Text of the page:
Quick Thoughts on the Phil Mickelson U.S. Open Controversy

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The U.S. Open has come and gone, but it didn’t leave us without major story-lines, major controversy and a back-to-back Major winner. From a storyline perspective, the U.S. Open gave us a daunting course. A 7,450-yard Par 70 behemoth, which played even more difficult because of the wind. It was probably justly criticized for the lack of equality throughout Saturday, based on the course appearing to get away from the USGA late in the day, but all in all, Shinnecock Hills gave us the demand we would have hoped to see.

Now let’s get into the major controversy. Like, love or hate Phil Mickelson, you have to admit that what happened on Saturday was something we have never seen before. I have talked to a couple of friends about this situation, and I surprisingly have gotten mixed reviews. Some loved what happened. They were happy that Mickelson “stuck it” to the USGA and used poorly written rules to his advantage. And if the USGA was going to make the course unfairly played on Saturday, Mickelson did a service to all golfers. Personally, I don’t see it as anything like that. Golf is a game of etiquette. Actions have consequences, and NOBODY is bigger than the game of golf. Assessing Mickelson with a two-stroke penalty is essentially the equivalent of giving somebody a slap on the wrist for insider trading. He should have been disqualified and made an example of. Instead, golf has now opened up a can of worms here. What do they do if a player tries this exact act again? If you disqualify the player, it looks like you are giving out rulings based on popularity, and if you don’t, well, then you are just letting players rewrite the rules and play the course at their discretion. With all that being said, since the U.S. Open allowed this act of criminality, I think as a writer for the sport of golf I deserve to be able to make up my own rules as I go along also. If you read my U.S. Open Contenders and Sleepers article last week, link here, you will see I picked Dustin Johnson Brooks Koepka to win the U.S. Open, because I knew Dustin Johnson Brooks Koepka would win back-to-back weeks years.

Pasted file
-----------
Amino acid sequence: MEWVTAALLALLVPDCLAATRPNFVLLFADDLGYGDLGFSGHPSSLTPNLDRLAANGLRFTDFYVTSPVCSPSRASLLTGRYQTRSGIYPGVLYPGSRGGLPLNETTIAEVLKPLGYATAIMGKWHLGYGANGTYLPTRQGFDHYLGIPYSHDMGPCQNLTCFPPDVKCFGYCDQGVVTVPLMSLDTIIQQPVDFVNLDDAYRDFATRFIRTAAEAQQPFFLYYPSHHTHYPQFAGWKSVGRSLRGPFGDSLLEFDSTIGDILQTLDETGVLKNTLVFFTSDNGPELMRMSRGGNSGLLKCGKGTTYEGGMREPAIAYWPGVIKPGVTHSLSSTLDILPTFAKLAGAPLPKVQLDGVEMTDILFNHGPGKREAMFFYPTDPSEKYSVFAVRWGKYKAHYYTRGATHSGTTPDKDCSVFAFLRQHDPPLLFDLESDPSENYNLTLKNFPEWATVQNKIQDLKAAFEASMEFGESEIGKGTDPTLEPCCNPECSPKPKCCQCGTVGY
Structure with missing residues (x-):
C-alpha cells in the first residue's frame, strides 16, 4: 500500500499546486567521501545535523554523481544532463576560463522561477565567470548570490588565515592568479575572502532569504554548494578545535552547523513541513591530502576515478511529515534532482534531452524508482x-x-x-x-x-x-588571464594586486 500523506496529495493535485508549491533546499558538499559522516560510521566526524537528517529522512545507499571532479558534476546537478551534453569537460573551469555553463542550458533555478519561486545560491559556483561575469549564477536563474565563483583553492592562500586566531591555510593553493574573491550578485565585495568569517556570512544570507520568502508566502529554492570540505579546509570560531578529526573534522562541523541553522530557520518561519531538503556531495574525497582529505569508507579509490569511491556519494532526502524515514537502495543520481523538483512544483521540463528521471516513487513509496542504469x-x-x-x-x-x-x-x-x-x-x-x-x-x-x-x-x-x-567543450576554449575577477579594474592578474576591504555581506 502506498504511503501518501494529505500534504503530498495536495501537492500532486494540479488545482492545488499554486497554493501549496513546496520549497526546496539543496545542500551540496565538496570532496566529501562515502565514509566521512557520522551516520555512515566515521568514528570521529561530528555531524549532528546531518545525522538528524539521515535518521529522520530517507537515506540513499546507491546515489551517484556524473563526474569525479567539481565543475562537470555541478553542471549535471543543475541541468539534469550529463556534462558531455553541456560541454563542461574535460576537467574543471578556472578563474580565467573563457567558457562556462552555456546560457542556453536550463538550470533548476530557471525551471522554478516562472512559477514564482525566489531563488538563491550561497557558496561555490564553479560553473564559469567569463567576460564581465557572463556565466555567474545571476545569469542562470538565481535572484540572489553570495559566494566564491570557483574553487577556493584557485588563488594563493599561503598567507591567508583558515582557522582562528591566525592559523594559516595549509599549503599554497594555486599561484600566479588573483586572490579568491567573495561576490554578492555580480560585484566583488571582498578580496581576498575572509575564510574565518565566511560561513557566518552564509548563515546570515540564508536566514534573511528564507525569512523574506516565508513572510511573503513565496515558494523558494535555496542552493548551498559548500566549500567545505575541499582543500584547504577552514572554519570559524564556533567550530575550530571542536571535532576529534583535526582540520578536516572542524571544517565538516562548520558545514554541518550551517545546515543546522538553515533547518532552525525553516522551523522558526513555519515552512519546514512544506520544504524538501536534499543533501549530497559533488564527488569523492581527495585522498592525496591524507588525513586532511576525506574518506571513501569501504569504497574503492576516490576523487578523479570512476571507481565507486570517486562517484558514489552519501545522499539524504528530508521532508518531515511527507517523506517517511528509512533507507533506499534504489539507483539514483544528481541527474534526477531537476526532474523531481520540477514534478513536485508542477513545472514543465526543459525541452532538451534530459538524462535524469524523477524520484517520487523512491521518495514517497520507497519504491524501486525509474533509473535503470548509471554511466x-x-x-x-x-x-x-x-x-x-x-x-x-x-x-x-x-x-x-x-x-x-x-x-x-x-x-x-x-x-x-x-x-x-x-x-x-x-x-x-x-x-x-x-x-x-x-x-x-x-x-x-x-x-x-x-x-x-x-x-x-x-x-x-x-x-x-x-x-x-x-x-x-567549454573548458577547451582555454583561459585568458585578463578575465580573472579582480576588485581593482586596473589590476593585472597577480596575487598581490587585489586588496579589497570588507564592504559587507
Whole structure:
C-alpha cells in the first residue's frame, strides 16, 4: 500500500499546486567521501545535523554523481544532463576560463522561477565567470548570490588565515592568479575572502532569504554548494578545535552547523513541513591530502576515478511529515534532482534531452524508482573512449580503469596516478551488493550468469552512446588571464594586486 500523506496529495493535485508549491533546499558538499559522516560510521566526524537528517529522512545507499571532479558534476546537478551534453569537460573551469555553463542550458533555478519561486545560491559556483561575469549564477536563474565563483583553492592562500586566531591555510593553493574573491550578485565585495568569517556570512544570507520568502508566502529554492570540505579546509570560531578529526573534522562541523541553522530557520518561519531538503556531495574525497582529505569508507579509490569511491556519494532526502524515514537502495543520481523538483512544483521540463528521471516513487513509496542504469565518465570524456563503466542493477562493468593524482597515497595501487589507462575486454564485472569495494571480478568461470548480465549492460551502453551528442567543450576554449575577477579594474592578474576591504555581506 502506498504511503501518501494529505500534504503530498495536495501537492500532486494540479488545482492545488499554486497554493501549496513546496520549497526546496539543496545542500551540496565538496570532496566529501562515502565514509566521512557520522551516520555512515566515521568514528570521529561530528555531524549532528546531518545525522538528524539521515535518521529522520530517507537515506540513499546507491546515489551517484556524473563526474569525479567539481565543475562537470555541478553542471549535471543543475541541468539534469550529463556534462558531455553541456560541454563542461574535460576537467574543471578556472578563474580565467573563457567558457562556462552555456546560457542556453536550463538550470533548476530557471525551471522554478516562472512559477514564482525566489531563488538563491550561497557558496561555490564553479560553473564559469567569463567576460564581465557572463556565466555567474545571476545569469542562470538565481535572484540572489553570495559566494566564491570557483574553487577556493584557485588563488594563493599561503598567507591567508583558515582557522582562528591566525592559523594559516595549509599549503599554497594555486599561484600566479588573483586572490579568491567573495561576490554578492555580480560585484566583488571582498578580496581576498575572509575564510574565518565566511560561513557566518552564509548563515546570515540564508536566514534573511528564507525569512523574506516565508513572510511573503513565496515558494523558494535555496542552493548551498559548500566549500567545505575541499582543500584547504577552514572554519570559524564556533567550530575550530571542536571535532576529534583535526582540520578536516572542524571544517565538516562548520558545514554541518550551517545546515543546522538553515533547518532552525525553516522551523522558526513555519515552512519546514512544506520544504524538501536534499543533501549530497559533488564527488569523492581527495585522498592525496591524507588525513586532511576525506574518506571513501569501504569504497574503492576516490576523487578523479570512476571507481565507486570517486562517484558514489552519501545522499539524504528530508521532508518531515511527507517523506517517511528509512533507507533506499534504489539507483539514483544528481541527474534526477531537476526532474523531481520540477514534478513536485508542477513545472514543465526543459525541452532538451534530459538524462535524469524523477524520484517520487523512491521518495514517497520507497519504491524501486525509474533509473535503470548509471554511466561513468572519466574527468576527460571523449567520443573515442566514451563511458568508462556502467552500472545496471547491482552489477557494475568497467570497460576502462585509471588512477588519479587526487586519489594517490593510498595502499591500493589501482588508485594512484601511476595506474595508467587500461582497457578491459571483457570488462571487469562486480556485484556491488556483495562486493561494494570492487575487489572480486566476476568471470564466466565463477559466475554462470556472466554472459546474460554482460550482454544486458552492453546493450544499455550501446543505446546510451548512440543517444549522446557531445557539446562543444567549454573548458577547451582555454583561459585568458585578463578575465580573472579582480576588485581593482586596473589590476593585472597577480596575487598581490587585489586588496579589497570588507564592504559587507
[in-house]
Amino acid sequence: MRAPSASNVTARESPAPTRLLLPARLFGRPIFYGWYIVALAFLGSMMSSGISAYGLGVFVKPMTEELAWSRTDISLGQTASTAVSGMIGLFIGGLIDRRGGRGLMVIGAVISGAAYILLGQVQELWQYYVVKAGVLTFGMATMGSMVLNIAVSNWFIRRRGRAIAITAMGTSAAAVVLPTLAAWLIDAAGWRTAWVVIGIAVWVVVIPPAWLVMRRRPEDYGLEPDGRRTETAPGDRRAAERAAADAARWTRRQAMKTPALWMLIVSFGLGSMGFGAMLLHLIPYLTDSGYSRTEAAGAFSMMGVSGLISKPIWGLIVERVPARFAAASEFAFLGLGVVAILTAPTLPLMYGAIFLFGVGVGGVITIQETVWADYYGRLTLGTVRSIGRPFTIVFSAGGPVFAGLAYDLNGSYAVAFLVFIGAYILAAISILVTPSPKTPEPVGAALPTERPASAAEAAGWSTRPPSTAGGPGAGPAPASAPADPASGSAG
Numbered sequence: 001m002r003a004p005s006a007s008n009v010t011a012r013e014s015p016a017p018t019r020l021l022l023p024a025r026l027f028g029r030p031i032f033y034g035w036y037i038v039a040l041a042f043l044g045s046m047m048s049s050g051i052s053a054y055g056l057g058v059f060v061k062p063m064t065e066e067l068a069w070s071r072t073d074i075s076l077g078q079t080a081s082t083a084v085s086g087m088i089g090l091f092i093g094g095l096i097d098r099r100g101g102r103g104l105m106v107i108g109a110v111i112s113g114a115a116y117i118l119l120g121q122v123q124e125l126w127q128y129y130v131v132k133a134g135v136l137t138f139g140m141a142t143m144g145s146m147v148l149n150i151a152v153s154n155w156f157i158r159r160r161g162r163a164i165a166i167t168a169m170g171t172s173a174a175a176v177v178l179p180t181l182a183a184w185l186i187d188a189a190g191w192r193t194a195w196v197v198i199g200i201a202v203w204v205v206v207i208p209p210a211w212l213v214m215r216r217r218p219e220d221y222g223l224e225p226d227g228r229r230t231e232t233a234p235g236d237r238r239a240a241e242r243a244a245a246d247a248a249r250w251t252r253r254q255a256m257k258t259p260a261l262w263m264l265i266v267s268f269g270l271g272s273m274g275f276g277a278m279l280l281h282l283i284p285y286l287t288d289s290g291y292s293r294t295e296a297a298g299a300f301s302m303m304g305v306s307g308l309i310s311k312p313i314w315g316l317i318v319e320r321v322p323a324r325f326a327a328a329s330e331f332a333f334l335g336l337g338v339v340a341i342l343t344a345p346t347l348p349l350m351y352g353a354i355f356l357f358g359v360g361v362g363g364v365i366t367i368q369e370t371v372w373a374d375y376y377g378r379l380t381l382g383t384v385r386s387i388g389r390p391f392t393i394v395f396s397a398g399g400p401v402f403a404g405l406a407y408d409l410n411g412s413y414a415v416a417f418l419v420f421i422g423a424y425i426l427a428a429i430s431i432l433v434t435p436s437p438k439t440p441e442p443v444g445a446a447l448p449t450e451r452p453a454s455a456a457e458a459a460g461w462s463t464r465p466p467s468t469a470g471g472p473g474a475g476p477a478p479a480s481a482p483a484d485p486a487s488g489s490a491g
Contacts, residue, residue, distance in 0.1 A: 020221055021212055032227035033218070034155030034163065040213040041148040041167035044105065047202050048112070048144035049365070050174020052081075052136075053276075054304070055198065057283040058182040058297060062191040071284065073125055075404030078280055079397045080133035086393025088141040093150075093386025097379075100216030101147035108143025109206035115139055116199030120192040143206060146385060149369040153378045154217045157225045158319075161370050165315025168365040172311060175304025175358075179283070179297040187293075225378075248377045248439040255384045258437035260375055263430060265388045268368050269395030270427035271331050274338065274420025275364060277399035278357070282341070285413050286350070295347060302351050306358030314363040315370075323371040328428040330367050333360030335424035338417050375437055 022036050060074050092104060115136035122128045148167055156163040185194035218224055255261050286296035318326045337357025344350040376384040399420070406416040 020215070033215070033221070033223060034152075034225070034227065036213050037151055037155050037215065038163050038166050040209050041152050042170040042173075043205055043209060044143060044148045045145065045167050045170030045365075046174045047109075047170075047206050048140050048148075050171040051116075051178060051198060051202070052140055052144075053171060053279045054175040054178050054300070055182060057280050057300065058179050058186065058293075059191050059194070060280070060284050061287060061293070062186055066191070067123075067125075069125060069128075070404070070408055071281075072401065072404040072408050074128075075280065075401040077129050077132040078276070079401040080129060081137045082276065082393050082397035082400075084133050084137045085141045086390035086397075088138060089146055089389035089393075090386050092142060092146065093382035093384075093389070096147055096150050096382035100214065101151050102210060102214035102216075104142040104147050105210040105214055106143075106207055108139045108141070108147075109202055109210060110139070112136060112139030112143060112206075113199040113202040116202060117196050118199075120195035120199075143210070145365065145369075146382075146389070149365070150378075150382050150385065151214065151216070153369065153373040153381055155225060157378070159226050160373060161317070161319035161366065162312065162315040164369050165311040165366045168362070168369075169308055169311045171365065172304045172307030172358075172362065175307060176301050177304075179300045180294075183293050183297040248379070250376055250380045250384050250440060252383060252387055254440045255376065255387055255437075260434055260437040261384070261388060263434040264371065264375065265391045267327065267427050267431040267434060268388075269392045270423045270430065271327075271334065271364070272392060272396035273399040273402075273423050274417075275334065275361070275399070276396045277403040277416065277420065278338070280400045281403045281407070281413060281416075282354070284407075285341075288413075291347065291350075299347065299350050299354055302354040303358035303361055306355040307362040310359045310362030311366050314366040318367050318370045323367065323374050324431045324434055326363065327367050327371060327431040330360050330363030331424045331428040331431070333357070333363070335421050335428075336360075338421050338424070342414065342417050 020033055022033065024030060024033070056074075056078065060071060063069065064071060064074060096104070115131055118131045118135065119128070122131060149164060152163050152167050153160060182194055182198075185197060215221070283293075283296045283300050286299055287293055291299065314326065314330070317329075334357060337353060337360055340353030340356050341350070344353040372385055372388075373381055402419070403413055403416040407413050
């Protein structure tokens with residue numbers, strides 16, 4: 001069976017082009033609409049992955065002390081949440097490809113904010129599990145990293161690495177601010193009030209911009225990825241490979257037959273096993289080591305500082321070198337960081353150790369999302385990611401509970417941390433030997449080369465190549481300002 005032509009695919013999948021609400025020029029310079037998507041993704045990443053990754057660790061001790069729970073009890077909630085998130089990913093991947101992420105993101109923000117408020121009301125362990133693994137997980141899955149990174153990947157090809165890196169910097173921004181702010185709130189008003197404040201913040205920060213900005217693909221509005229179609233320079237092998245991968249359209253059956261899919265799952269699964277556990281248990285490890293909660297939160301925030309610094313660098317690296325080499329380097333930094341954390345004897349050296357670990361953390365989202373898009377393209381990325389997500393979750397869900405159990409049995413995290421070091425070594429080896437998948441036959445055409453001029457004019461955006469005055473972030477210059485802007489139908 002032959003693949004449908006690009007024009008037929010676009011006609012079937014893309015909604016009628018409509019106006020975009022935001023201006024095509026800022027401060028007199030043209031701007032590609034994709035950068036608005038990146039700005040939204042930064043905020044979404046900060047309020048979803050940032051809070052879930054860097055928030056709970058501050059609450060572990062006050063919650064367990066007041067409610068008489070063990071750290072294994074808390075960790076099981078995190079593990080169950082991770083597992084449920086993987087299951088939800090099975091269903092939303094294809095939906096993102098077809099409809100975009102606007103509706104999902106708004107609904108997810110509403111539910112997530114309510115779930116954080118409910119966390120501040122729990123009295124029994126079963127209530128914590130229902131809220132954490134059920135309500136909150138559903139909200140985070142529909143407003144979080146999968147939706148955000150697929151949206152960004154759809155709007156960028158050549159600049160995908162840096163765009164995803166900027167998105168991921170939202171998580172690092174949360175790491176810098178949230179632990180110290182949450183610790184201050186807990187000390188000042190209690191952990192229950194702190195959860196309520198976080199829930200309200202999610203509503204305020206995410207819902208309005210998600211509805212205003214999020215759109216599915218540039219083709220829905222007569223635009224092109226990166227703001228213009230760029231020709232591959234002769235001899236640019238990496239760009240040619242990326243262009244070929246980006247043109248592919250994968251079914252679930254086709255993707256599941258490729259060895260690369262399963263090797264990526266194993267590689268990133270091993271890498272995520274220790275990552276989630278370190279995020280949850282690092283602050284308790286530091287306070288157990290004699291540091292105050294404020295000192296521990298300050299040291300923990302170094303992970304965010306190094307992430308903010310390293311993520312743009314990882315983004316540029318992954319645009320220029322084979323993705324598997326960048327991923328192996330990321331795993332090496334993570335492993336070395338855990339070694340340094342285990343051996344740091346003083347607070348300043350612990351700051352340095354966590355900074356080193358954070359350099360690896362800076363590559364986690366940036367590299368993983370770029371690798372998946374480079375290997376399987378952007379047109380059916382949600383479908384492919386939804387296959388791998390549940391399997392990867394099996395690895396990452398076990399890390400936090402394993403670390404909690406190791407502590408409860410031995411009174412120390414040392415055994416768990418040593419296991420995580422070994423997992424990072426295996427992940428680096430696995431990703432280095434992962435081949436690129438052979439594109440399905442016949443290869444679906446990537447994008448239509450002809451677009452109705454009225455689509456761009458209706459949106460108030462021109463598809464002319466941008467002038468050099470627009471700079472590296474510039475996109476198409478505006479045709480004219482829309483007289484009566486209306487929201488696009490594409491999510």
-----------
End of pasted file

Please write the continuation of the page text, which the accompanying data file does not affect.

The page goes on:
Rules are in place for a reason:

A lack of rules would lead to confusion.
A lack of enforcing the rules leads to chaos. 

 

Follow me on Instagram and Twitter @teeoffsports

And check me out on Rotoballer.com for my golf player news.

 

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